In addition to physical health, tablet users should be aware that a slouched body posture may contribute to exhaustion and depression, according to the San Francisco State survey.
“Being hunched over facilitates access to hopeless, helpless, powerless and defeated memories much easier than sitting up, while sitting up facilitates evoking positive and empowering memories,” said one of the authors of the survey, Erik Peper, professor at the Institute for Holistic Health Studies at San Francisco State University.
Fifty percent of those surveyed who use tablets experienced disturbed sleep; shallow and quickened breathing patterns, coupled with increased sustained muscle tension in the neck and dominant shoulder, were observed in smartphone and iPad/tablet users. Even though many students reported discomfort and sleep disturbances, none were aware that their breathing patterns were affected.
Peper explained that as we hunch over, our head is held forward, which means that our neck and back muscles constantly contract to keep our head positioned. “Constant contraction leads to exhaustion and pain,” noted Peper.
Where Are You Using Your Tablet?
The couch and the bed are the two most popular places people use tablets, but neither allows for good posture.
If you’re on the bed lying on your side supporting your head with your hand, it might feel comfortable momentarily because your muscles aren’t working to hold you upright against gravity. But you’re likely putting your head and neck in a cramped, awkward position. “Even without technology, reading or doing work in bed should not be done for an extended period of time, since it involves sustained muscle tension on the neck in most cases,” warned Piligian. “Though sitting is better, you shouldn’t be sitting for too long, either.”
(MORE: Stop Slouching: Poor Posture Leads to Poor Health)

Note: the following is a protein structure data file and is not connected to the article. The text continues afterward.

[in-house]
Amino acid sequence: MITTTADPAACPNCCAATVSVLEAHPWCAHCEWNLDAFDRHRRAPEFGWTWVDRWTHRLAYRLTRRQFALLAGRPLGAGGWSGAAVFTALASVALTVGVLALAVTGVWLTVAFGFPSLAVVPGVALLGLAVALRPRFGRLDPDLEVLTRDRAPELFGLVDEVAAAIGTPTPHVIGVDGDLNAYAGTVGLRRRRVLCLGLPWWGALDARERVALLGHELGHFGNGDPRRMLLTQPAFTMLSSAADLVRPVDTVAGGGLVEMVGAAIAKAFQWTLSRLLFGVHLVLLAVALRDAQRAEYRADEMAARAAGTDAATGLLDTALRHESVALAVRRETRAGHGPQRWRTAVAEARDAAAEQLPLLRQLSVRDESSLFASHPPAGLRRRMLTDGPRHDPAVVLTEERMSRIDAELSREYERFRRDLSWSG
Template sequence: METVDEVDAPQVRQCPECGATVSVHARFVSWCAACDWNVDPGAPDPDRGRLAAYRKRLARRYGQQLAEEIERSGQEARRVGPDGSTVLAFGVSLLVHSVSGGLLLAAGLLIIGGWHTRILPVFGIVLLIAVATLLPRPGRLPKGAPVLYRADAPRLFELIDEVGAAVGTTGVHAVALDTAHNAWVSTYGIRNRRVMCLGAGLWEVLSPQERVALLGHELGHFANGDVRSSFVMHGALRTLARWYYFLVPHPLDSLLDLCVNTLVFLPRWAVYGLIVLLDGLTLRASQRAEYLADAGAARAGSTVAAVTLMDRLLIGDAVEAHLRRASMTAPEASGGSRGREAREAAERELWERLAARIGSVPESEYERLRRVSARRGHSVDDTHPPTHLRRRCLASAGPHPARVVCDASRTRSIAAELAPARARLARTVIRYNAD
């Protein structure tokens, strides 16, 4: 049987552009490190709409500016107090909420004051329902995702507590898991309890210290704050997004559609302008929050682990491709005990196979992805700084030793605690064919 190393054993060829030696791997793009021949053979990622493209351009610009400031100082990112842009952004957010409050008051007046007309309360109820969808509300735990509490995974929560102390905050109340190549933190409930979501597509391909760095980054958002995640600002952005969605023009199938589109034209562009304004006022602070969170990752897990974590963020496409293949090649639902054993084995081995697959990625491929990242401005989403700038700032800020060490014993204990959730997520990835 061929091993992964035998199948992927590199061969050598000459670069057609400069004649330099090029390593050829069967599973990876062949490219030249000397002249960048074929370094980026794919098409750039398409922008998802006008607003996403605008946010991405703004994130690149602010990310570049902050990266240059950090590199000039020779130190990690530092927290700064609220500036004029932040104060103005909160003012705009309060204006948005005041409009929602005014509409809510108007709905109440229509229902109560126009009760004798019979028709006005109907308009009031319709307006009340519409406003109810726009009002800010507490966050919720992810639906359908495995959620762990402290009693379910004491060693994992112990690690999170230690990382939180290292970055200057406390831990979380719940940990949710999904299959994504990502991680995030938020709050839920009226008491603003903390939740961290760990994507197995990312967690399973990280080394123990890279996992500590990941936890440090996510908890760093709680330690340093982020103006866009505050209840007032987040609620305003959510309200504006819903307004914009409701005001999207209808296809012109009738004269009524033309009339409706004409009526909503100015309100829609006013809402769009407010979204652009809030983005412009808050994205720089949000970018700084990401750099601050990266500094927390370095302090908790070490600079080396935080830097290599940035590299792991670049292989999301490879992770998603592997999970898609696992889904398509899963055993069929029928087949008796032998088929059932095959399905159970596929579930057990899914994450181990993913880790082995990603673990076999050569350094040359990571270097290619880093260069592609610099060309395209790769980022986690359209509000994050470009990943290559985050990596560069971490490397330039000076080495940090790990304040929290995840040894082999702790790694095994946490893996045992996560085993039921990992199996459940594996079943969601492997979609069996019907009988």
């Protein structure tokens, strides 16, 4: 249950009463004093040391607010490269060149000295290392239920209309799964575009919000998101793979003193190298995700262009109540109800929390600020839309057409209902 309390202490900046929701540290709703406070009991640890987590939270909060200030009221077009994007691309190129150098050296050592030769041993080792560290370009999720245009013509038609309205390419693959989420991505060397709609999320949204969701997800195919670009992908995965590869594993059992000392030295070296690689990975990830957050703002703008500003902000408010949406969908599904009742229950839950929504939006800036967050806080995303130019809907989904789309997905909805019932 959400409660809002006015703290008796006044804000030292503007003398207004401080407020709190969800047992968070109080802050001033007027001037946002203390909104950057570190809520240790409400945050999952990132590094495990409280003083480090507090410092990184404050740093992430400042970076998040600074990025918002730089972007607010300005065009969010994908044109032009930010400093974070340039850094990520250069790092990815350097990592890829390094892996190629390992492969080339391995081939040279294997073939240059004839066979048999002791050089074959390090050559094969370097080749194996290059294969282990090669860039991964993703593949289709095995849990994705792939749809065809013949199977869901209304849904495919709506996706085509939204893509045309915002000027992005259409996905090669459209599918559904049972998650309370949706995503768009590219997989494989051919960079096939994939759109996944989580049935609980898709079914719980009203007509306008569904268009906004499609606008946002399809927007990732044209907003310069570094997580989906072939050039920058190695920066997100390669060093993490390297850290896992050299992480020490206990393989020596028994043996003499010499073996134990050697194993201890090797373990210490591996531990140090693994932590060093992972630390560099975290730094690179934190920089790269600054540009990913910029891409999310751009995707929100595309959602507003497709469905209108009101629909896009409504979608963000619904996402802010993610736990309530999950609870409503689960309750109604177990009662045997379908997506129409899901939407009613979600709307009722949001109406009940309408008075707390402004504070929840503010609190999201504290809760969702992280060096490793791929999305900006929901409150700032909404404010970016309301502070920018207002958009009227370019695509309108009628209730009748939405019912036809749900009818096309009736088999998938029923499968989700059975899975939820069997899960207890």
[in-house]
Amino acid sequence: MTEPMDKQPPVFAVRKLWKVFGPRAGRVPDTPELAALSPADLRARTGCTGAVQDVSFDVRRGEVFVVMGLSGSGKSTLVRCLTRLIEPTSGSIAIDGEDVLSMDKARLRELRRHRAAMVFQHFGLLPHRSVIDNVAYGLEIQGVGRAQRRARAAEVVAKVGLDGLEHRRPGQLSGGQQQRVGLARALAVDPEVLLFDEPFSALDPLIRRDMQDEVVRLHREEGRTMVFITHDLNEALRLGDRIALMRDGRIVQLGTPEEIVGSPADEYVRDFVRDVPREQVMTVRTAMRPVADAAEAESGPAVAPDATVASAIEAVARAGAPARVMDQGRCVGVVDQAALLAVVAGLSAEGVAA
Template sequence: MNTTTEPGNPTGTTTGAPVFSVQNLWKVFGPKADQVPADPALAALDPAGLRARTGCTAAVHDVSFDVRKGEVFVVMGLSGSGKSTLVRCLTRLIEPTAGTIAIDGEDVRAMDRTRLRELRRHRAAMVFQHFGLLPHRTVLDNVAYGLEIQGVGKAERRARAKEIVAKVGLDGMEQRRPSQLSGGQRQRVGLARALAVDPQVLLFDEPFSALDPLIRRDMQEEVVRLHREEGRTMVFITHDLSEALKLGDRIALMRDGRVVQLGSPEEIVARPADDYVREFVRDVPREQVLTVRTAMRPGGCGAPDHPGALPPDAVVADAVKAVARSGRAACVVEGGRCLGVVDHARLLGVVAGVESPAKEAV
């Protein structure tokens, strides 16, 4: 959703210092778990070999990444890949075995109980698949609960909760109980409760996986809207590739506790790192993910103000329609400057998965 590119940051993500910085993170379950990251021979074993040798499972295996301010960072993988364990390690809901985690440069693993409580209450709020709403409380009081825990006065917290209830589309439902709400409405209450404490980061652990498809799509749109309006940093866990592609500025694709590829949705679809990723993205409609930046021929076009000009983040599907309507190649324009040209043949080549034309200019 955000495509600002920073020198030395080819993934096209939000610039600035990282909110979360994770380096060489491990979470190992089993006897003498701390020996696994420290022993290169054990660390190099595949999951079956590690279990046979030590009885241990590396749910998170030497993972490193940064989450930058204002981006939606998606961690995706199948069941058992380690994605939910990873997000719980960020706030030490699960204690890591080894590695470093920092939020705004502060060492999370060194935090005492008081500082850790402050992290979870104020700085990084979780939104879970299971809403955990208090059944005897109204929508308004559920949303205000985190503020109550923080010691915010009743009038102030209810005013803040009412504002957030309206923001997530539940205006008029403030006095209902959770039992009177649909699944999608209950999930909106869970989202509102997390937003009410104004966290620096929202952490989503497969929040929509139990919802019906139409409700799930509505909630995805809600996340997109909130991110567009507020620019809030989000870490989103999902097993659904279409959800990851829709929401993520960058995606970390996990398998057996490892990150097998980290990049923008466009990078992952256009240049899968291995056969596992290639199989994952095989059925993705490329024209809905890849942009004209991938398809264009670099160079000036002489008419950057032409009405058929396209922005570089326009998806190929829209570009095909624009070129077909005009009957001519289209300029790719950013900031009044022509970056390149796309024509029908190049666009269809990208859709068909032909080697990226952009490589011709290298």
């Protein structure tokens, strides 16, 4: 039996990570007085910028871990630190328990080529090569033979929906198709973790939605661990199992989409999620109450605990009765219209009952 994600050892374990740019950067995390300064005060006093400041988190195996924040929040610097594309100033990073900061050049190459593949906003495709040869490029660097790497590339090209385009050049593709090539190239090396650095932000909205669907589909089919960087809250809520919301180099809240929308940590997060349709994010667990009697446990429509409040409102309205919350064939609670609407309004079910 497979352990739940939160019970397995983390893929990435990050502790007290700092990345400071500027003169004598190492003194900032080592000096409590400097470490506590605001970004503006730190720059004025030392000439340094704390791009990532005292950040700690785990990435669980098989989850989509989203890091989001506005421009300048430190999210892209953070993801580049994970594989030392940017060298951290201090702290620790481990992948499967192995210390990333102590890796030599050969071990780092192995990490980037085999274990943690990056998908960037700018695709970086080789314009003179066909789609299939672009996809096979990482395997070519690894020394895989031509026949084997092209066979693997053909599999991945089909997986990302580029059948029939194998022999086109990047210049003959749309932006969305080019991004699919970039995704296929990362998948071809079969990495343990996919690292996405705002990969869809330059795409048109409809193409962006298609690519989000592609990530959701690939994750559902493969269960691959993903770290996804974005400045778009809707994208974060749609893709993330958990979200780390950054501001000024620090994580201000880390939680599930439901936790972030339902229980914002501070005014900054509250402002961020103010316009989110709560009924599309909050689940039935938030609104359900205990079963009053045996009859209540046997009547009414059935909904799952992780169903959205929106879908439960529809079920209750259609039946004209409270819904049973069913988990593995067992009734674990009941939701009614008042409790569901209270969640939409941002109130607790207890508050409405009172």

It All Adds Up
The cumulative trauma of working in disadvantageous postures all day can add up: you can go from being hunched over at the desktop or tablet to being hunched over your smartphone — all of which leads to strain.
Tablets also promote sedentary behavior, Piligian noted, a problem for musculoskeletal and general health.
Also, age is an issue: “Baby boomers are especially likely to have suffered some sort of chronic upper extremity problem already, and the demands of rapidly changing technology can exacerbate these,” Piligian says.
What To Do
- Use a separate keyboard so your hands and arms are in good posture. Wireless models that work with tablets are available.
- Raise the monitor to keep your head aligned with your spine while sitting tall.
- Only use tablets for short bursts, or for activities that don’t require interaction, such as watching a movie.
- Take frequent breaks. One break every 20 minutes makes a good rule of thumb.
- Do gentle range of motion exercises frequently, especially after bouts at the tablet. Look right and left, then tilt your head right and left with your head facing forward.
- Do not use self-illuminating devices for an hour before you go to bed.
- Drastically reduce what you carry on your shoulder, or better yet, don’t carry anything.
- Get up and move!
To learn shoulder release exercises, see author Deborah Quilter’s demonstrations below: